Natural History of Symptomatic Partial Ornithine Transcarbamylase Deficiency

Peter C. Rowe, Stephen L. Newman, Saul W. Brusilow

Research output: Contribution to journalArticlepeer-review

Abstract

We reviewed the natural history and differential diagnosis of ornithine transcarbamylase deficiency (an X-linked inborn error of urea synthesis) in 13 symptomatic female heterozygotes. The patients presented as early as the first week of life or as late as the sixth year. The most common symptoms before diagnosis were nonspecific: episodic extreme irritability (100 percent), episodic vomiting and lethargy (100 percent), protein avoidance (92 percent), ataxia (77 percent), Stage II coma (46 percent), delayed physical growth (38 percent), developmental delay (38 percent), and seizures (23 percent). Including the proband, 42 percent of the female members of the 13 families studied had symptoms. The median interval between the onset of major symptoms (vomiting and lethargy, seizures, and coma) and diagnosis was 16 months (range, 1 to 142). Five patients had IQ scores below 70 at the time of diagnosis. We suggest that careful evaluation of the family history, the dietary history, the episodic nature of the nonspecific symptoms, the response of these symptoms to the withdrawal of protein, and their frequent onset at the time of weaning from breast milk will permit early diagnosis and might thereby reduce the risk of death or neurologic impairment in female patients with partial ornithine transcarbamylase deficiency. (N Engl J Med 1986; 314:541–7.), ORNITHINE transcarbamylase deficiency (OTCD) is an inborn error of urea synthesis that is inherited as an X-linked trait1 (Fig. 1). Although there have been advances in the treatment of urea-cycle enzymopathies since Russell's description of OTCD in 1962,2 the prognosis remains poor for affected males. Unless treated, almost all hemizygotes die of hyperammonemic coma in the neonatal period,3 and treated survivors are likely to be neurologically handicapped.4 Females who carry the mutant gene present with a phenotype that may vary from apparent normality to the profound neurologic impairment observed in male hemizygotes.6,7 This phenotypic variability reflects both genetic heterogeneity8,9 and…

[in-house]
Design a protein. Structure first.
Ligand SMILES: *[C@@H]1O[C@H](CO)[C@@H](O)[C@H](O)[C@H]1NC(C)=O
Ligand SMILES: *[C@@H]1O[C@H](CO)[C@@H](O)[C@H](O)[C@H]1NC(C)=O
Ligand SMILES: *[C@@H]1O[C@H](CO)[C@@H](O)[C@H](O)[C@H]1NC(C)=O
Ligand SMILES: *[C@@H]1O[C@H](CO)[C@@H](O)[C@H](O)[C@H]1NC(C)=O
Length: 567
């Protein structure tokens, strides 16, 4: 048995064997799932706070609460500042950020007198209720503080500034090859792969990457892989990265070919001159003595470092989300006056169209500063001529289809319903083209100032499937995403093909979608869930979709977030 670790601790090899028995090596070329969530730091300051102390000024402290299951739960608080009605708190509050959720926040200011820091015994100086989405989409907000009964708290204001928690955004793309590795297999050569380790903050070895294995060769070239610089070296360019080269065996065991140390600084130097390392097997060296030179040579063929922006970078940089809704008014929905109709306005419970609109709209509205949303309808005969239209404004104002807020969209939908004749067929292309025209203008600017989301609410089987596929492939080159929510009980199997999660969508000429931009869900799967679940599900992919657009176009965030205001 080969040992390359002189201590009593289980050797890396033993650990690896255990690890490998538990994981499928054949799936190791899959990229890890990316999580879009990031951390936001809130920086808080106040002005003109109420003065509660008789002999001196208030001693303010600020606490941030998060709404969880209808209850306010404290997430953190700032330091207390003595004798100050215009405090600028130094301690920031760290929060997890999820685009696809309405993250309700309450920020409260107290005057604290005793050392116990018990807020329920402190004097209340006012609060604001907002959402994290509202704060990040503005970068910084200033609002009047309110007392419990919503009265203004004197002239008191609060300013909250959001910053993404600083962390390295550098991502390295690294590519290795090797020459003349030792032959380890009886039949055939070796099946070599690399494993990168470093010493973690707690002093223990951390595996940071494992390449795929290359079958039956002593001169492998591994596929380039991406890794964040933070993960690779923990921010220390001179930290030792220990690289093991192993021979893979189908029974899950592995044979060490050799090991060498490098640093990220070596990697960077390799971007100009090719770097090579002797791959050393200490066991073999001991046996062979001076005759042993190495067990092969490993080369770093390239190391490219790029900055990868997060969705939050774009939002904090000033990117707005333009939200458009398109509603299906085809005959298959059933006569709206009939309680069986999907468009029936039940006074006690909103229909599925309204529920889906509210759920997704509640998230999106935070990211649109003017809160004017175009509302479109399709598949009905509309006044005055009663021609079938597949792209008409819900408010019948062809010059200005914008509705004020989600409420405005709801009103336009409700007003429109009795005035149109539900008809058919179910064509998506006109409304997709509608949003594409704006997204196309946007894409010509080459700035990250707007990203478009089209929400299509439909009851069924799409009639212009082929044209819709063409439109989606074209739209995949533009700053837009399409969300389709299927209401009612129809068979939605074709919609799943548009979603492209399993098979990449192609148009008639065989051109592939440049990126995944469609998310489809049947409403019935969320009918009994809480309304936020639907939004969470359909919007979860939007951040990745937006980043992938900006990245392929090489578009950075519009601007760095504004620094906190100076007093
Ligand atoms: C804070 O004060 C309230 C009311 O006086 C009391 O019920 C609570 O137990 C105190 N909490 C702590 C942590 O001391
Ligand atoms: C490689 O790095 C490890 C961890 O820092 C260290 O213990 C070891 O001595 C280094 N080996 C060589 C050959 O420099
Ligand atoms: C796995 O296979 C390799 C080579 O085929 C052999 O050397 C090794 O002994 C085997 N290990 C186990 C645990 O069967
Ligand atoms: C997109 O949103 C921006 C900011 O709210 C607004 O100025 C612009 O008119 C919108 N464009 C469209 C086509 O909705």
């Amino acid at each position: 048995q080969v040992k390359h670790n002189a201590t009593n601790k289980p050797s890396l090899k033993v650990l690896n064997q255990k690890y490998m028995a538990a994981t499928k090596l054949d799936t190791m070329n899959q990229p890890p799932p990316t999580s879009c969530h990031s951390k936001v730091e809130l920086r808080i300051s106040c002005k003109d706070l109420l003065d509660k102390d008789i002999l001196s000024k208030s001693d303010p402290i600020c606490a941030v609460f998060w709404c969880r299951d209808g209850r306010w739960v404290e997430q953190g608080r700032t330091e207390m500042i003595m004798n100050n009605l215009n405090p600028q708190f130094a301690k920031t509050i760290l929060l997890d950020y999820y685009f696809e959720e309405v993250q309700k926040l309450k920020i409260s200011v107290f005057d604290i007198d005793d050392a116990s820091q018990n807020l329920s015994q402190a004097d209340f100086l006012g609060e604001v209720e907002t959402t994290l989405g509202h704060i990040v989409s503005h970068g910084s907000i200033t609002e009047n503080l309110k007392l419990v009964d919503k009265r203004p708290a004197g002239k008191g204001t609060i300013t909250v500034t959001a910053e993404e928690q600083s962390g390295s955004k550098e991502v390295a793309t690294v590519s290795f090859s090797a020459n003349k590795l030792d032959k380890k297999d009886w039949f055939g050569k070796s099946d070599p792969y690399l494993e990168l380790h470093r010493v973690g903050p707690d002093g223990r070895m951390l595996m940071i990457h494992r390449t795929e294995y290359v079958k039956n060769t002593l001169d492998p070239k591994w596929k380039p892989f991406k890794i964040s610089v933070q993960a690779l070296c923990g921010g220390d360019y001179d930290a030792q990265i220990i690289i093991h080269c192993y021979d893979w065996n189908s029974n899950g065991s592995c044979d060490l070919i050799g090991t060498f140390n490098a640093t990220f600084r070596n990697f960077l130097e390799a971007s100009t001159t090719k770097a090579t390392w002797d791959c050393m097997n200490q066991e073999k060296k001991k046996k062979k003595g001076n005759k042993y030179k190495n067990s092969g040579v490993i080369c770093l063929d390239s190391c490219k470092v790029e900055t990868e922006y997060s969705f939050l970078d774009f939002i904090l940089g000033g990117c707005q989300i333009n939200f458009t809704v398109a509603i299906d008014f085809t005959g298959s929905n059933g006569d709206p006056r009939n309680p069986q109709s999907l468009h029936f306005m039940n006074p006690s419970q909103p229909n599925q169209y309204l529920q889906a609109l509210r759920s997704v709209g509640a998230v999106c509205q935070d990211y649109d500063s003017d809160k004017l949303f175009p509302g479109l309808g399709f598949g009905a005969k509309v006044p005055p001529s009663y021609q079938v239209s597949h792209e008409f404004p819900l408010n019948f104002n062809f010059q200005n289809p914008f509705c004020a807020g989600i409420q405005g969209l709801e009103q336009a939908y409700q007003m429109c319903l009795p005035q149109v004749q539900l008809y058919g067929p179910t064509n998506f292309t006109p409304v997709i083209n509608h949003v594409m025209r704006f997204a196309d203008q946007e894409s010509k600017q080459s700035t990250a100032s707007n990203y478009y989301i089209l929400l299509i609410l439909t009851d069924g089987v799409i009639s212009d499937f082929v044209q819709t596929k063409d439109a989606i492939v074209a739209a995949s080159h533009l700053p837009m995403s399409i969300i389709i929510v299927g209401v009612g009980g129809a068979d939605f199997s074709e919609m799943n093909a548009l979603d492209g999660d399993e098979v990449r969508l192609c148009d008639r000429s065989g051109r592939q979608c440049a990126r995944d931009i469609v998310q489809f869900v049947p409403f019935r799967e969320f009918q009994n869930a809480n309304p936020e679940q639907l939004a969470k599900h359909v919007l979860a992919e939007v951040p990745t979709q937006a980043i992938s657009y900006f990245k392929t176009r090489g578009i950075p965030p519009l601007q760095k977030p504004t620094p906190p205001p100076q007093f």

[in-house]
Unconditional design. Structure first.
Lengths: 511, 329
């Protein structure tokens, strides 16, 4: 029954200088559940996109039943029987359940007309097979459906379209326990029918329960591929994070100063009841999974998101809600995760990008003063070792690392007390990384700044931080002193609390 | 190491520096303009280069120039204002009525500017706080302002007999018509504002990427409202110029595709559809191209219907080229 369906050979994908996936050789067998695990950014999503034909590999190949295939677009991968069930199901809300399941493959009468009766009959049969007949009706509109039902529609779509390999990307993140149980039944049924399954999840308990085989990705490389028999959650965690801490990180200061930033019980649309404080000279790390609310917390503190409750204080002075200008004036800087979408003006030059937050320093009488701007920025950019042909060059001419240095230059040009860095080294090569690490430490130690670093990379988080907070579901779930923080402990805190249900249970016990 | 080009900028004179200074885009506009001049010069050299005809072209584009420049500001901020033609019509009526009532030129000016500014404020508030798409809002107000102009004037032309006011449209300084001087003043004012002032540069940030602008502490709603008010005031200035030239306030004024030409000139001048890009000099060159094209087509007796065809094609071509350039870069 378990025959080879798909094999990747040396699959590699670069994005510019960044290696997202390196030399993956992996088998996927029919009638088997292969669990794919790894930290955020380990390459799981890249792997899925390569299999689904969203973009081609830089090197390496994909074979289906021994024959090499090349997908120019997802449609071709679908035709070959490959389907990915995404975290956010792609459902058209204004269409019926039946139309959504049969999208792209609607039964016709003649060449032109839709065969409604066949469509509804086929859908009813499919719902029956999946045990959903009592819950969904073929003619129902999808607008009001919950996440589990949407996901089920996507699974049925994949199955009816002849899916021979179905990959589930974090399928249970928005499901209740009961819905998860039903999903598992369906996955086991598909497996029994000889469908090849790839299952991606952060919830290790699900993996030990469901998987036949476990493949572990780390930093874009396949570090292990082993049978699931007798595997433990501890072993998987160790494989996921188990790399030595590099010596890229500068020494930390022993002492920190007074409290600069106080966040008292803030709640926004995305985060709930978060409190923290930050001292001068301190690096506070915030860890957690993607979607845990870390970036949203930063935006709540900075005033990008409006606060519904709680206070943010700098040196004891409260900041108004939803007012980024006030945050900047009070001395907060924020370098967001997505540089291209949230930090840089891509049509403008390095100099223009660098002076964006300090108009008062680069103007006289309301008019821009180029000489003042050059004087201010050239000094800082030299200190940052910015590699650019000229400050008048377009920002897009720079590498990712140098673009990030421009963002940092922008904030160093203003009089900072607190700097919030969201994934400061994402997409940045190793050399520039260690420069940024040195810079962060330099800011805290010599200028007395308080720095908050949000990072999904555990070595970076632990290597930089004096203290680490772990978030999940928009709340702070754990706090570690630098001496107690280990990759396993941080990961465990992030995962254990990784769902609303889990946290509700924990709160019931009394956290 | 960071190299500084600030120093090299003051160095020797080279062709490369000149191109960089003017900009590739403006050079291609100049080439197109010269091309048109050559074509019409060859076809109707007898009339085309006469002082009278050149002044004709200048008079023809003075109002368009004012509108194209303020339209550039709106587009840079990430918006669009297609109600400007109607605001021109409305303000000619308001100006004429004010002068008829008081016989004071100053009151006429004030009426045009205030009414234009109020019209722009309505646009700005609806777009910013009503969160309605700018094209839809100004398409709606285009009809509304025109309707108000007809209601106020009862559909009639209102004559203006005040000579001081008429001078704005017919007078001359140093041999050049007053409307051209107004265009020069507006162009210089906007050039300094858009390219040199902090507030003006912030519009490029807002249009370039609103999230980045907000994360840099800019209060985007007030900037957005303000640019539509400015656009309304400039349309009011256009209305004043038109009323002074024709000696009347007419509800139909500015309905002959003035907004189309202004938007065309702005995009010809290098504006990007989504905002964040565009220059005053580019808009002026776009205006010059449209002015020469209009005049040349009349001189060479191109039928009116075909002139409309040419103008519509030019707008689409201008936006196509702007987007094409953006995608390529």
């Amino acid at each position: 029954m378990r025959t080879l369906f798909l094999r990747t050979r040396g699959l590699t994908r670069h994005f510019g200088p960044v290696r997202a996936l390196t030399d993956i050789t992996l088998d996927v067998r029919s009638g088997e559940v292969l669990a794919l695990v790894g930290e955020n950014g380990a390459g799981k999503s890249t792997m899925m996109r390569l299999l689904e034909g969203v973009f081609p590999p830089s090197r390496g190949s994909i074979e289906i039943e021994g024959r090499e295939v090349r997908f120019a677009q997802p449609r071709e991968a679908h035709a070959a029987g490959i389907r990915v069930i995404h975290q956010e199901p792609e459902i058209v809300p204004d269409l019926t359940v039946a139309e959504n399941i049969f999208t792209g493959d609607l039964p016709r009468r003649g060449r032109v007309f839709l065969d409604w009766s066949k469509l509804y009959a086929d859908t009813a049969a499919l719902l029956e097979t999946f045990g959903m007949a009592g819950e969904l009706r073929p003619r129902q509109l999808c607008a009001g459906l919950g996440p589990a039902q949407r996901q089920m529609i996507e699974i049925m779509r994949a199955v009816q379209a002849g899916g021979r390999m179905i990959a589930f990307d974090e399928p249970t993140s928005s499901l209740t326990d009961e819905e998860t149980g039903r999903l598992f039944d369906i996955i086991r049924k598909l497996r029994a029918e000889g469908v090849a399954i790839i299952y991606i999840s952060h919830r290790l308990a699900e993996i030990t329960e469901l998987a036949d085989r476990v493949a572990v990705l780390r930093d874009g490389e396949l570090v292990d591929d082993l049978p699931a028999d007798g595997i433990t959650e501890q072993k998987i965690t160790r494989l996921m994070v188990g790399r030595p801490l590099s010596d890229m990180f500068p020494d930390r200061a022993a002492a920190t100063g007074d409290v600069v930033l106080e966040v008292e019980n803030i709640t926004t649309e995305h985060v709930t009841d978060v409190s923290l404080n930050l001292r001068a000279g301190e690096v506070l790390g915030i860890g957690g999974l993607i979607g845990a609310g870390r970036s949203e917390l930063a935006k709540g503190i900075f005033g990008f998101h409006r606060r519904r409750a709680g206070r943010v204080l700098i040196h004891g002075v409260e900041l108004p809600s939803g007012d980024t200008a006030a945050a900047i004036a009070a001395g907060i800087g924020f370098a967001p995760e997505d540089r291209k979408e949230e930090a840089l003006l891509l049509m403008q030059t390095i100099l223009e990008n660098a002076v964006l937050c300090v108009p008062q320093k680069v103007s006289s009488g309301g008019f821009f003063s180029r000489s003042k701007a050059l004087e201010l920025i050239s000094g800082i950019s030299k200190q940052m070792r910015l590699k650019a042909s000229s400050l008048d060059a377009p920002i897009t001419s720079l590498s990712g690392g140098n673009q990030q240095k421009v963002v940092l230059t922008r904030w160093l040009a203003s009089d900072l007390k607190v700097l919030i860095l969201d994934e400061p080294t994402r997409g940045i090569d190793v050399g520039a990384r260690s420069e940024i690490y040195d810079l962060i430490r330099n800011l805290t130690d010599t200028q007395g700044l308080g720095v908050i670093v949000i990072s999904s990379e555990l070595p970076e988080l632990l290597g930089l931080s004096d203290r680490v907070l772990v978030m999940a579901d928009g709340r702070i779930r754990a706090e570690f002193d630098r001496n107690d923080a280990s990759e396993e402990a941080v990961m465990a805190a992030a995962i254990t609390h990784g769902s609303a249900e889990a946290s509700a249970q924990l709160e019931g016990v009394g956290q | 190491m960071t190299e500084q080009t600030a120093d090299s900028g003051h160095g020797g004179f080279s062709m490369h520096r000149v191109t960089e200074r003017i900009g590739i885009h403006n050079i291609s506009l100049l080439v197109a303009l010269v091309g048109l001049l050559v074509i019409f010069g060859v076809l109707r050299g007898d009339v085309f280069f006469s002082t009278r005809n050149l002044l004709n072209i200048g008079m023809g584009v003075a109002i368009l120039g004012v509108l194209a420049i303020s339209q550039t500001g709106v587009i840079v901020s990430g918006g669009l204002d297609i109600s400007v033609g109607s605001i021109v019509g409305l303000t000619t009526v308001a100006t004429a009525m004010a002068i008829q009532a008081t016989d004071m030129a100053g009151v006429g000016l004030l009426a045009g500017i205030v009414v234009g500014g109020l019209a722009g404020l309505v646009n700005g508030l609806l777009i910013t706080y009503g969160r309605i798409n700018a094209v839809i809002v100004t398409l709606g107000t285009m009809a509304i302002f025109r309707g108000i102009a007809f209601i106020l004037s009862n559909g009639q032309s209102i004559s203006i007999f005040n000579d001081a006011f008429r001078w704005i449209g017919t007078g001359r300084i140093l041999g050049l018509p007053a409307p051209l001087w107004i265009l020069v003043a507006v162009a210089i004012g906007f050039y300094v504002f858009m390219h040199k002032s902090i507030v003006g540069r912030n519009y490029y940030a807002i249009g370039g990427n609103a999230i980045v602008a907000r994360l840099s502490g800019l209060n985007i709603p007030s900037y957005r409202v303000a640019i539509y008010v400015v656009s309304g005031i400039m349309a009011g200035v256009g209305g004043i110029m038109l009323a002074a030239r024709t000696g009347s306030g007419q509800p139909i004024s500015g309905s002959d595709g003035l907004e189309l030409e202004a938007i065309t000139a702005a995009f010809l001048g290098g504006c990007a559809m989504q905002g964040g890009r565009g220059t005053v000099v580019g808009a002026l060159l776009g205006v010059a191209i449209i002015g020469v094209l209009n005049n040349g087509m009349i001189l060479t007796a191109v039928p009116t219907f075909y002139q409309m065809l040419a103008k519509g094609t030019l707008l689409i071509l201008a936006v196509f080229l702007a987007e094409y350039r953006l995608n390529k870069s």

Original languageEnglish (US)
Pages (from-to)541-547
Number of pages7
JournalNew England Journal of Medicine
Volume314
Issue number9
DOIs
StatePublished - Feb 27 1986

ASJC Scopus subject areas

  • Medicine(all)

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